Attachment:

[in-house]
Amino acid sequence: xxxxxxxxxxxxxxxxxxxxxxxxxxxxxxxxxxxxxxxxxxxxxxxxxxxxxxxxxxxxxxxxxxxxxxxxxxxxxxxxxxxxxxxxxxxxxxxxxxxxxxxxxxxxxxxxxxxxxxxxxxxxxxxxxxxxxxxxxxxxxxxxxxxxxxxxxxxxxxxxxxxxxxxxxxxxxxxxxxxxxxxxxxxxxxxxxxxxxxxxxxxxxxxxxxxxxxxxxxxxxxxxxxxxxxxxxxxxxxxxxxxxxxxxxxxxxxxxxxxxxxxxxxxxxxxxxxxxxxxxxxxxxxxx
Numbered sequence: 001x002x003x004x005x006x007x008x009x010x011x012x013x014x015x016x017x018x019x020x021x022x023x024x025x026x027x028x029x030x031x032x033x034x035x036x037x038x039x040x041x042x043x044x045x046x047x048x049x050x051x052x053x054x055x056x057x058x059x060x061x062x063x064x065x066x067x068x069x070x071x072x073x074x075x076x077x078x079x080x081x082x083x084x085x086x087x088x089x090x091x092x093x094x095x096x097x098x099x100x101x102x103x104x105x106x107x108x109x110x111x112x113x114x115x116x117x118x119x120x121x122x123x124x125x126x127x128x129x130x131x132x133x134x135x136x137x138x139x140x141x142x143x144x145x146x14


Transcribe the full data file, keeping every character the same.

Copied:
[in-house]
Amino acid sequence: xxxxxxxxxxxxxxxxxxxxxxxxxxxxxxxxxxxxxxxxxxxxxxxxxxxxxxxxxxxxxxxxxxxxxxxxxxxxxxxxxxxxxxxxxxxxxxxxxxxxxxxxxxxxxxxxxxxxxxxxxxxxxxxxxxxxxxxxxxxxxxxxxxxxxxxxxxxxxxxxxxxxxxxxxxxxxxxxxxxxxxxxxxxxxxxxxxxxxxxxxxxxxxxxxxxxxxxxxxxxxxxxxxxxxxxxxxxxxxxxxxxxxxxxxxxxxxxxxxxxxxxxxxxxxxxxxxxxxxxxxxxxxxxx
Numbered sequence: 001x002x003x004x005x006x007x008x009x010x011x012x013x014x015x016x017x018x019x020x021x022x023x024x025x026x027x028x029x030x031x032x033x034x035x036x037x038x039x040x041x042x043x044x045x046x047x048x049x050x051x052x053x054x055x056x057x058x059x060x061x062x063x064x065x066x067x068x069x070x071x072x073x074x075x076x077x078x079x080x081x082x083x084x085x086x087x088x089x090x091x092x093x094x095x096x097x098x099x100x101x102x103x104x105x106x107x108x109x110x111x112x113x114x115x116x117x118x119x120x121x122x123x124x125x126x127x128x129x130x131x132x133x134x135x136x137x138x139x140x141x142x143x144x145x146x14